Q&A with Greek writer Giannis Goranitis about his book "24", literature, Rock counterculture and music

"I’m afraid it’s not that big and crucial. Most artists choose the path of political apathy. Only a few seem determined to publish their views on the modern world, and influence people, but I truly don’t know if they have any real and meaningful impact."

Giannis Goranitis: Suburban Railway Blues

Giannis Goranitis was born in Athens Greece, were he lives and works as a journalist. His first book, a short story collection entitled “24” is out since December 2017 by Patakis Publishers. 

"Rock culture may seem outdated for most youngsters, but I believe that it’s still relevant and solid. Personally, it has changed the way I view and interact with people."

Interview by Michael Limnios

What experiences in your life have triggered your ideas most frequently? Where does your creative drive come from? 

Every single experience could (and probably should) trigger an idea that’s going to be part of a short story or a novel. But the experience itself is not enough. What is actually needed is hard work and persistence – and I believe that it answers your second question as well: The creative drive is the sole start of a project. In order to get it done, you need to work.

What have you learned about yourself from your writing of your book?

I’ve realized that I could be more determined than I thought. I also found out that one could be touched by the acts and words of imaginary creatures that exist only in his mind.

How do you describe "24" mission and soundtrack?

“24” is a short story collection. It consists of 24 interconnected –but, in the same time, autonomous– stories. Each one is inspired by a different station of the Athens suburban railway system. Also, every story is connected to a different song –some of them are mentioned in the book, but most were “involved” in the writing process.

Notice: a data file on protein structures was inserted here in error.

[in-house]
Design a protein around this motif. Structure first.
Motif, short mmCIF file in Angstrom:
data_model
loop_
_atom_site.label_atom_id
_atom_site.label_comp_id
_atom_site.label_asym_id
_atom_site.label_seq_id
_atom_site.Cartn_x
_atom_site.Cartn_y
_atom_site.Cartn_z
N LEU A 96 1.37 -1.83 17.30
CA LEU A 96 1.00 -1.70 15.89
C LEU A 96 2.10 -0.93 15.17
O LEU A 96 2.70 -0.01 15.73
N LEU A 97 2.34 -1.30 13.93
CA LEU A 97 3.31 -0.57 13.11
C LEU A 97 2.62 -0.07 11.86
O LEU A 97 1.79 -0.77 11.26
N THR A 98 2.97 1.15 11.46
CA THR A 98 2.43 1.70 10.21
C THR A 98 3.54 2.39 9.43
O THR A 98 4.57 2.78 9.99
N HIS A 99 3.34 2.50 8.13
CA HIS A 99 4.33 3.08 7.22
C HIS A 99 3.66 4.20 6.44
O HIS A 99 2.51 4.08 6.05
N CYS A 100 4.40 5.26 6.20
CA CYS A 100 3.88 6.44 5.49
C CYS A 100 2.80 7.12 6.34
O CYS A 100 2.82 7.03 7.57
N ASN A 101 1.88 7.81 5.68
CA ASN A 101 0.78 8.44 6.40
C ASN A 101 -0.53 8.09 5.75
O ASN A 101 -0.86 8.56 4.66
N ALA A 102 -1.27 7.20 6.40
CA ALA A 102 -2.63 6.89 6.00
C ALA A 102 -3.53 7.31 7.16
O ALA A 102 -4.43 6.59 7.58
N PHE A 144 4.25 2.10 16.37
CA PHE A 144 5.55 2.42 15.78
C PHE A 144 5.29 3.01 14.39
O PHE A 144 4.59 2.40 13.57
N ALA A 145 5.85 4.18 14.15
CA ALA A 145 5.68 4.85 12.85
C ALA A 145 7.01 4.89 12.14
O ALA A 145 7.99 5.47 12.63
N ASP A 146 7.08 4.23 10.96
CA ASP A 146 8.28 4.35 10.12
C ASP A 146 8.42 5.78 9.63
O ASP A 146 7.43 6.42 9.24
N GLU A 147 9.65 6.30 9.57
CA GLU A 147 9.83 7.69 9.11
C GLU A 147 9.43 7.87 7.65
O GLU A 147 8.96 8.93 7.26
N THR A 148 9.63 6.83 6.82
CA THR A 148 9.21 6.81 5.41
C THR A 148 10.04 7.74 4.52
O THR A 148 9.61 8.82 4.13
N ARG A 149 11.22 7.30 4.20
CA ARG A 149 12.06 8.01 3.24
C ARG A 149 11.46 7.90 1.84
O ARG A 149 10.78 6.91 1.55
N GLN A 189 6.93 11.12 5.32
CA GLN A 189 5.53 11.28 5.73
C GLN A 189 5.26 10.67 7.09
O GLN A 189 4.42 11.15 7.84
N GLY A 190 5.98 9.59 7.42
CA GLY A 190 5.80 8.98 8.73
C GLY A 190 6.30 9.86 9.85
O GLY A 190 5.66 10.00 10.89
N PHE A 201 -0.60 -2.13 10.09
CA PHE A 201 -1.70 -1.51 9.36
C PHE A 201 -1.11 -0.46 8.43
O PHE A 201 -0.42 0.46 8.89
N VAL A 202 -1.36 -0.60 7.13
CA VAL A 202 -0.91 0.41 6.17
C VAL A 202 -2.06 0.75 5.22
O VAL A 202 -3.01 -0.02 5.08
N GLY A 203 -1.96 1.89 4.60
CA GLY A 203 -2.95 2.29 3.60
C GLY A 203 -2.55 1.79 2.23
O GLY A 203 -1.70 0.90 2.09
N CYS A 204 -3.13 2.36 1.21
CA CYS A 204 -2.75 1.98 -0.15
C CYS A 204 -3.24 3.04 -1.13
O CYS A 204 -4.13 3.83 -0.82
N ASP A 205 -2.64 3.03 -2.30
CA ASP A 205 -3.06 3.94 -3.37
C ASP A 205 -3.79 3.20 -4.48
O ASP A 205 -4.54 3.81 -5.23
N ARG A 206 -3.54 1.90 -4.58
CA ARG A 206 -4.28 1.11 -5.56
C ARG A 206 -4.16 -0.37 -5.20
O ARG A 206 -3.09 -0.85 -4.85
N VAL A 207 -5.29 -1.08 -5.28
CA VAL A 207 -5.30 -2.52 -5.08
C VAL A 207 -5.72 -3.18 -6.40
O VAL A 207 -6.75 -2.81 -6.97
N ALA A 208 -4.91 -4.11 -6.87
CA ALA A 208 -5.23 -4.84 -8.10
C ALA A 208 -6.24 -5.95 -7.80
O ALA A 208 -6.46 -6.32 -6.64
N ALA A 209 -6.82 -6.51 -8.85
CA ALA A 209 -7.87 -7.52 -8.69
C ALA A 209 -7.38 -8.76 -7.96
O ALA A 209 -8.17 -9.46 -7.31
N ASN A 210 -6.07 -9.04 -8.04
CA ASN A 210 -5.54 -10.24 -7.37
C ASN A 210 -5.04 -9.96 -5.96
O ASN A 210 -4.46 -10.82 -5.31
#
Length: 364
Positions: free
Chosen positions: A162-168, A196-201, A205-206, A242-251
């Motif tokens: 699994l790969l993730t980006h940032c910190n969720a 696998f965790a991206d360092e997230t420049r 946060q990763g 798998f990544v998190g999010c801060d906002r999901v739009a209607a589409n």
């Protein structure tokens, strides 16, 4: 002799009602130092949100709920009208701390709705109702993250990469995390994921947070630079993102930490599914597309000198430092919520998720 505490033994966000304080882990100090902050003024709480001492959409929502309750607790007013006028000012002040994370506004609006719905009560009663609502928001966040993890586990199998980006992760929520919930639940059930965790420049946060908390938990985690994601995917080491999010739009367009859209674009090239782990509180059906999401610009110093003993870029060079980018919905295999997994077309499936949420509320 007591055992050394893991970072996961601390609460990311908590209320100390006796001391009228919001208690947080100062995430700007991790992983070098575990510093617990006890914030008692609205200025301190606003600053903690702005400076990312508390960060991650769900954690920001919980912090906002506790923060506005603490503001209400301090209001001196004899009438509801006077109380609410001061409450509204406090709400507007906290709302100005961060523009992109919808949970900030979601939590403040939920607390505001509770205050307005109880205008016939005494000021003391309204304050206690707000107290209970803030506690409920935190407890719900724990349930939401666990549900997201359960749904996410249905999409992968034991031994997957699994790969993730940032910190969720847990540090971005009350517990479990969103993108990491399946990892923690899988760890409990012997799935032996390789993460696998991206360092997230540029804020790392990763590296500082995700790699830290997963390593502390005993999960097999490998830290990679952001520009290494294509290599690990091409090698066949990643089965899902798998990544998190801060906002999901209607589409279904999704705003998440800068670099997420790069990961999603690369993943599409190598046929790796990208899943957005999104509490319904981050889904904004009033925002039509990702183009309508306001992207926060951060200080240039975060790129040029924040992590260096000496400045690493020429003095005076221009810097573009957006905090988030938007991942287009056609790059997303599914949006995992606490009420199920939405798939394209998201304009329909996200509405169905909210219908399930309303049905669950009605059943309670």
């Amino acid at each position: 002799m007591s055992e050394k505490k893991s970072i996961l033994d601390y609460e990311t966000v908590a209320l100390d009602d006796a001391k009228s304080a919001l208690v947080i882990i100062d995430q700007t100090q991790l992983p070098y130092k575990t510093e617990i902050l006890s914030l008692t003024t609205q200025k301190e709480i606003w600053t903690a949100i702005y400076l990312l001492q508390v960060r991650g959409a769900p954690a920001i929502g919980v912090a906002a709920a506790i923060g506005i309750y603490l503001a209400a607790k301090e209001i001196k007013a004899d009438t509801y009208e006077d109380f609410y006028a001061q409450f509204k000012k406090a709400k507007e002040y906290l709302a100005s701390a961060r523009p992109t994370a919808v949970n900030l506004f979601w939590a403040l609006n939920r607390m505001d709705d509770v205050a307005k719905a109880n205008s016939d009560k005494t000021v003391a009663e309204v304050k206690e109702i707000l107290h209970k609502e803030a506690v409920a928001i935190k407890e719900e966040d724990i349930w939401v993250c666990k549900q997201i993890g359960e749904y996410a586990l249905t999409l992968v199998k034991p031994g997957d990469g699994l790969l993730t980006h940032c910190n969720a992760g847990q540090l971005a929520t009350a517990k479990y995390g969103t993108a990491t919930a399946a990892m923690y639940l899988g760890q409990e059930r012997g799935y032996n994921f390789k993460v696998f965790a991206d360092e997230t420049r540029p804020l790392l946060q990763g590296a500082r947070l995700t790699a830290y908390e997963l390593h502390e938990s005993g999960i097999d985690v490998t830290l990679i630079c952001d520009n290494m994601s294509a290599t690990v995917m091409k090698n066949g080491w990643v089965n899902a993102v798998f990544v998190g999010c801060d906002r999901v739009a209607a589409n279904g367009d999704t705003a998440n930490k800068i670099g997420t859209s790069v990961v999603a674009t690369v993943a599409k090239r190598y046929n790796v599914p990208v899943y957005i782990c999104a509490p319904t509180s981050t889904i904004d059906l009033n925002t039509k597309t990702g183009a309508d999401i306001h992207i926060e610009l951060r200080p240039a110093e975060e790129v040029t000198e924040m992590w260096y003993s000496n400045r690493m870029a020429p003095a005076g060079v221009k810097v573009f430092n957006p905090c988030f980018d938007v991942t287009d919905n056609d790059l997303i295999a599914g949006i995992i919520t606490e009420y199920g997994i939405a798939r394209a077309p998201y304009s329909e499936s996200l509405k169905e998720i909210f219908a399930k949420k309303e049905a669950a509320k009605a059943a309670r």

What has made you laugh and what touched (emotionally) you from your experience (this hot summer day) on the train?

A single summer day is depicted at the book, but my experience was much longer. A kid trying to “escape” from his mom’s watch in a packed wagon made me laugh at first. But it also made me weep as soon as I “discovered” his imaginary story.

"I’ve realized that I could be more determined than I thought. I also found out that one could be touched by the acts and words of imaginary creatures that exist only in his mind."

What has been the relationship between music and literature in your life? How does music affect your mood and inspiration?

Music and literature, as most art forms, are connected and interactive. They both affect my mood and constantly change the way I see the world.

What are your hopes and fears for the future of people and world? If you could change one thing, what would that be?

I’m really hopeful and optimistic for the future. I believe that technology and modern science would help humanity to achieve its goals. But, I think that we’ll need a few decades to get there. In the meantime, we’ll have to face challenges, as the ones we’re already facing but are unable to confront.

How has the Rock counterculture influenced your views of the world and the journeys you’ve taken?

Rock culture may seem outdated for most youngsters, but I believe that it’s still relevant and solid. Personally, it has changed the way I view and interact with people.

What do you miss most nowadays from the music of past? If Frank Zappa was speaking seriously to us, what do you think he would tell us?

I cannot say I miss something, in a nostalgic tone, but I sure miss the days of the artistic struggle and the desperate hope to change the world through (or by means of) art. The cynicism of most of current artists may seem more applicable to our days, but still…

Rephrasing an older Frank Zappa quote, I’d say that he would address us with something like: Art is making something out of nothing and selling it (to people not interested in buying it).

What is the impact of literature and music to the racial, political, and socio-cultural implications?  

I’m afraid it’s not that big and crucial. Most artists choose the path of political apathy. Only a few seem determined to publish their views on the modern world, and influence people, but I truly don’t know if they have any real and meaningful impact.

"Music and literature, as most art forms, are connected and interactive. They both affect my mood and constantly change the way I see the world."

Where would you really want to go with a time machine? What memorabilia (books, records) would you put in?

If I could get into a time machine, I would definitely travel to the distant future. I’d love to take a glimpse of life after 500 or 1.000 years. I wouldn’t carry memorabilia, as I would like to see if anything current would still stand after so many years. In order to show them what humanity achieved a few centuries ago, I’d pick Kafka’s “Trial”, the ‘Selected Poems’ by Jorge Luis Borges, The Beatles’ “White Album”, and Miles Davis’ “Kind Of Blue”.

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